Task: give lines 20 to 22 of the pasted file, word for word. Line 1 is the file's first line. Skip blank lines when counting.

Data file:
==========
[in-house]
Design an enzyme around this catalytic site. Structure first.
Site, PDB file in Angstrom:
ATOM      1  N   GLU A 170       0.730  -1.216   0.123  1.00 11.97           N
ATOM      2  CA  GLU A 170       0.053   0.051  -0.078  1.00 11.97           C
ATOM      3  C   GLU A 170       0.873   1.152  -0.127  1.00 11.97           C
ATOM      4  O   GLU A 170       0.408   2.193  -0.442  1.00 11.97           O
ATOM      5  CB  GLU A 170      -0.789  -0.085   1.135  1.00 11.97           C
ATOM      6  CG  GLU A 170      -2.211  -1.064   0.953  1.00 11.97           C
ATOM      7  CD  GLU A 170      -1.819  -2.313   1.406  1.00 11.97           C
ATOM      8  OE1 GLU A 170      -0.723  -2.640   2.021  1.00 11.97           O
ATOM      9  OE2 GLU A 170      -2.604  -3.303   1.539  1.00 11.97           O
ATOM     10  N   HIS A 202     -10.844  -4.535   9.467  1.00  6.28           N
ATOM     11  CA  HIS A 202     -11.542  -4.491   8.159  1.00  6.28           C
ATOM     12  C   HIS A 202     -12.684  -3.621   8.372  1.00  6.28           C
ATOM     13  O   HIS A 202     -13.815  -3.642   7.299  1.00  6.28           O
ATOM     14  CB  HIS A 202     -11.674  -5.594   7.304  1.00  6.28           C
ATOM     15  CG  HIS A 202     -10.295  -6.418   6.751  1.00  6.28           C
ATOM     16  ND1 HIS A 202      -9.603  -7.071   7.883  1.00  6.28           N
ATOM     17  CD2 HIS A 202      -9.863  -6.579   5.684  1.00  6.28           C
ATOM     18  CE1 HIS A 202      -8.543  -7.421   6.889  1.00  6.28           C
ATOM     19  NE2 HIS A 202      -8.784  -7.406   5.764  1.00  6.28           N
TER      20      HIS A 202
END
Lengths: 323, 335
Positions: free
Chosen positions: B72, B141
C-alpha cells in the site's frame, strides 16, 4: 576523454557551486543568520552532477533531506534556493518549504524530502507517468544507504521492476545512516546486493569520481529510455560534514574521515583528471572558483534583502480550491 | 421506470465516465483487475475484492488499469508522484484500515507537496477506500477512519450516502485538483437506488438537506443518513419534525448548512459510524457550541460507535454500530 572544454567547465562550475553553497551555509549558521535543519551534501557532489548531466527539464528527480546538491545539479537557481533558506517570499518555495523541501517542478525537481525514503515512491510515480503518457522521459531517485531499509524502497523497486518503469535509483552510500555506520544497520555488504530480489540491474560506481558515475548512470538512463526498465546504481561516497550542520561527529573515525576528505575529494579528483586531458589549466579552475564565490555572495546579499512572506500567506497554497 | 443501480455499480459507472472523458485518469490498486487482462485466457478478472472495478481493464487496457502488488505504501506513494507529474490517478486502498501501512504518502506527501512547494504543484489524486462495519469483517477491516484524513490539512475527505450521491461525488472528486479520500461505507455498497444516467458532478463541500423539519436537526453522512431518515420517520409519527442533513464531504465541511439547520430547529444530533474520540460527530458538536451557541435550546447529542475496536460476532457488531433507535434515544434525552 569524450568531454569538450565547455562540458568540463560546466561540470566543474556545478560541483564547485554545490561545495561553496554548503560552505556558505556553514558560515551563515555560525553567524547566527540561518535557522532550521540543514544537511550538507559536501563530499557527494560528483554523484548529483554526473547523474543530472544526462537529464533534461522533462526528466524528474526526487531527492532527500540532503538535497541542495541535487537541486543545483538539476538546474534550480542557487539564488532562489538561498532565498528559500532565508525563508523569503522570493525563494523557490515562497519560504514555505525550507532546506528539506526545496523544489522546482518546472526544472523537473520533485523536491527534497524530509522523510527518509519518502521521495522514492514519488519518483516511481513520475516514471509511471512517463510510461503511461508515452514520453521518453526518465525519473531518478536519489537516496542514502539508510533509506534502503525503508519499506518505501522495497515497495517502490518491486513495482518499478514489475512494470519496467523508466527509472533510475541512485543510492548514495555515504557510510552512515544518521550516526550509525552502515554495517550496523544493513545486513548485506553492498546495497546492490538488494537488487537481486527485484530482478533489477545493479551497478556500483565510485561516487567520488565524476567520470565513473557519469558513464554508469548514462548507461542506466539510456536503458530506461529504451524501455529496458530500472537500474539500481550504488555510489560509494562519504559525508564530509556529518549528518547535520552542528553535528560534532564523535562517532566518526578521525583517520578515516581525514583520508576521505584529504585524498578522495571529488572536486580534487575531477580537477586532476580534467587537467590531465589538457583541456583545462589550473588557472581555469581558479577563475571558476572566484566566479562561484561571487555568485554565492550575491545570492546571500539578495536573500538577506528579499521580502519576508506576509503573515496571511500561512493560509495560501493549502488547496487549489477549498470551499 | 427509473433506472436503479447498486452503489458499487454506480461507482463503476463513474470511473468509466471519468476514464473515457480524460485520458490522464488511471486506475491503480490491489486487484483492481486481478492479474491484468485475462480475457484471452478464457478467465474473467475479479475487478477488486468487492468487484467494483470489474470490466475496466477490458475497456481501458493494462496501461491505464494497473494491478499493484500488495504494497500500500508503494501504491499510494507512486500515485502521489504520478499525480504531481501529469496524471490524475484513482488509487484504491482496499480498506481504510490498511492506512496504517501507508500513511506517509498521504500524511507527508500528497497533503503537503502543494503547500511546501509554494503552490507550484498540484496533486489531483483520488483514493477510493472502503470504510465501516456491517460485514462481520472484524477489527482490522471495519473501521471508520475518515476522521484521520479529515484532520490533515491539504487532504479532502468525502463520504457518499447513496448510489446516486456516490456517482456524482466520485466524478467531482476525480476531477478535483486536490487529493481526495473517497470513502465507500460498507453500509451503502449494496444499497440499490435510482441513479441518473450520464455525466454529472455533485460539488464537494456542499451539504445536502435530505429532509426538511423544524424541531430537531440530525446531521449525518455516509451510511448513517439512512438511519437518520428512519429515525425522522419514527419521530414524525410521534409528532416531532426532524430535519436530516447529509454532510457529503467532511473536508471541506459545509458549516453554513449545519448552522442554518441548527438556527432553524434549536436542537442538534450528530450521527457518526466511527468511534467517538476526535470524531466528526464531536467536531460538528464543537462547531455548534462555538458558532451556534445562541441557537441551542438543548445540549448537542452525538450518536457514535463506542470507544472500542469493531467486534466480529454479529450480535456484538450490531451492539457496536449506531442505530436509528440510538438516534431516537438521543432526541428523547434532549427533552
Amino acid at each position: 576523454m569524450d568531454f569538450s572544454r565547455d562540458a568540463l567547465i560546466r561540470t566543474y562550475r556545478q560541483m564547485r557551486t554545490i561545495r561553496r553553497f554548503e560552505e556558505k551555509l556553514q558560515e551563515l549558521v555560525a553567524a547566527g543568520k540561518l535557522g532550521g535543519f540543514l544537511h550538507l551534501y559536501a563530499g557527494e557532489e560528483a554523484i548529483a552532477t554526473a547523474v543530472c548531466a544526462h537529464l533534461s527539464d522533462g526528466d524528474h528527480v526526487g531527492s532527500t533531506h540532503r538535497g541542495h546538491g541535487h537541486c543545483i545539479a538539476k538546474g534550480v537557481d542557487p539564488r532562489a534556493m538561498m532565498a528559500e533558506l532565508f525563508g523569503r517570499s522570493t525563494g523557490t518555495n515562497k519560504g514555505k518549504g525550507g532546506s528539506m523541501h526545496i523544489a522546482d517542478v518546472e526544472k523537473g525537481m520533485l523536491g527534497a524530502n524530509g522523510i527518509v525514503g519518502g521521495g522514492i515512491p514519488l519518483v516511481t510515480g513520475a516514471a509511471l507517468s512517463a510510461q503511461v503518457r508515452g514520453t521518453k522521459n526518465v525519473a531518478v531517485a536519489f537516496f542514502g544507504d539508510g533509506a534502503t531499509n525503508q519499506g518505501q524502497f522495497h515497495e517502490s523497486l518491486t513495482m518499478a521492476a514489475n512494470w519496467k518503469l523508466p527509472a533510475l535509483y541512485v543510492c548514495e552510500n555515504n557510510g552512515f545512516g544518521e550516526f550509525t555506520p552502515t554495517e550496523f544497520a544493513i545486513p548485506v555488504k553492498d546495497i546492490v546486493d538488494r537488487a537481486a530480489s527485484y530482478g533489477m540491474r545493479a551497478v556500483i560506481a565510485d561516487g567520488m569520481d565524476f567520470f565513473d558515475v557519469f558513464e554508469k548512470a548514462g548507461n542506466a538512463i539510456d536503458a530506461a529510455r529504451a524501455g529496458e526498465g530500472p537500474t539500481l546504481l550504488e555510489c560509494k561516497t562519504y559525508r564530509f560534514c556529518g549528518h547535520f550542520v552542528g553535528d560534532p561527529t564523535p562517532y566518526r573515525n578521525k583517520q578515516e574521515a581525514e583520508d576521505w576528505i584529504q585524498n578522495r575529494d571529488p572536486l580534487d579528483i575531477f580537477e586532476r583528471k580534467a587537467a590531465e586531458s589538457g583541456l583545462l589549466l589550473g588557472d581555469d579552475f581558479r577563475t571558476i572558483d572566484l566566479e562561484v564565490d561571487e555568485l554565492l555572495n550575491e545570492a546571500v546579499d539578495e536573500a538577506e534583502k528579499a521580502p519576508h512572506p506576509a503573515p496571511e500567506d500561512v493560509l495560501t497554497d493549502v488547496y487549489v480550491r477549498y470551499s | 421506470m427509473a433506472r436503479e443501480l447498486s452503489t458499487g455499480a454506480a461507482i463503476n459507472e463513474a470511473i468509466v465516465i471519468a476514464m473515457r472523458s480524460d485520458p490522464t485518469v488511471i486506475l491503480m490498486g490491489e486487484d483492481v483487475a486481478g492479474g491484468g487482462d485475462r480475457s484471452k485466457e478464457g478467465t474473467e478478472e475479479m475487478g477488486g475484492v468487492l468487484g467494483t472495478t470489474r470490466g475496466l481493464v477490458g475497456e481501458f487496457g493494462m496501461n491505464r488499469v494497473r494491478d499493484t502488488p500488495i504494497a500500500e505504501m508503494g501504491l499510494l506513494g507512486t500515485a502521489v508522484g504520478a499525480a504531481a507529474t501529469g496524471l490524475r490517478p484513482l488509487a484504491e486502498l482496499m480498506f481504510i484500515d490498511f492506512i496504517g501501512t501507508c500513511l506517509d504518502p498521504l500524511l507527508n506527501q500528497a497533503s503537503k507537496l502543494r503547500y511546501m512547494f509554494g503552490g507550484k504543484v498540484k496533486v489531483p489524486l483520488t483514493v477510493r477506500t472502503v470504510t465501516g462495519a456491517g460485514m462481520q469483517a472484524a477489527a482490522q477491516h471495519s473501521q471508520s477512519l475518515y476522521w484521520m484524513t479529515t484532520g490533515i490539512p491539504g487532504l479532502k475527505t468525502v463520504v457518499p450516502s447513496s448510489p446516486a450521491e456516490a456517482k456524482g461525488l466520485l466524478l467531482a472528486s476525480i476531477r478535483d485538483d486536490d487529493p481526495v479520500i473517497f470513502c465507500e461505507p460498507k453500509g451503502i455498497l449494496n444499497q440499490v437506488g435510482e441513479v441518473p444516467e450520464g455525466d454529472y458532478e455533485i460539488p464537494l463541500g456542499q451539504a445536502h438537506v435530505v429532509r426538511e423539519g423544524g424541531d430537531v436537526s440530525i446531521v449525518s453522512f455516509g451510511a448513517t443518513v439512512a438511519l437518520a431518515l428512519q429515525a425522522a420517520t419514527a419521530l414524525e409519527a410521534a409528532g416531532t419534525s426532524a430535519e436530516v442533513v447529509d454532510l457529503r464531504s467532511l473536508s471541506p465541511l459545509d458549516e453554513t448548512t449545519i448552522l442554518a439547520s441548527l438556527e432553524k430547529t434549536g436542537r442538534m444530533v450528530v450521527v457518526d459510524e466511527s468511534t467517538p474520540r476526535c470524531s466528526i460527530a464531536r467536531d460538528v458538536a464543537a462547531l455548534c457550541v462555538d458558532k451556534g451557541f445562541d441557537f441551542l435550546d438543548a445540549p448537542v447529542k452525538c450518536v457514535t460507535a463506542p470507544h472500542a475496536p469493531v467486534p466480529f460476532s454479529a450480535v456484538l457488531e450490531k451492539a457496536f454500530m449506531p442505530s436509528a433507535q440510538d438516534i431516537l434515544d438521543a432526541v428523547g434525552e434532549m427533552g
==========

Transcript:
ATOM     17  CD2 HIS A 202      -9.863  -6.579   5.684  1.00  6.28           C
ATOM     18  CE1 HIS A 202      -8.543  -7.421   6.889  1.00  6.28           C
ATOM     19  NE2 HIS A 202      -8.784  -7.406   5.764  1.00  6.28           N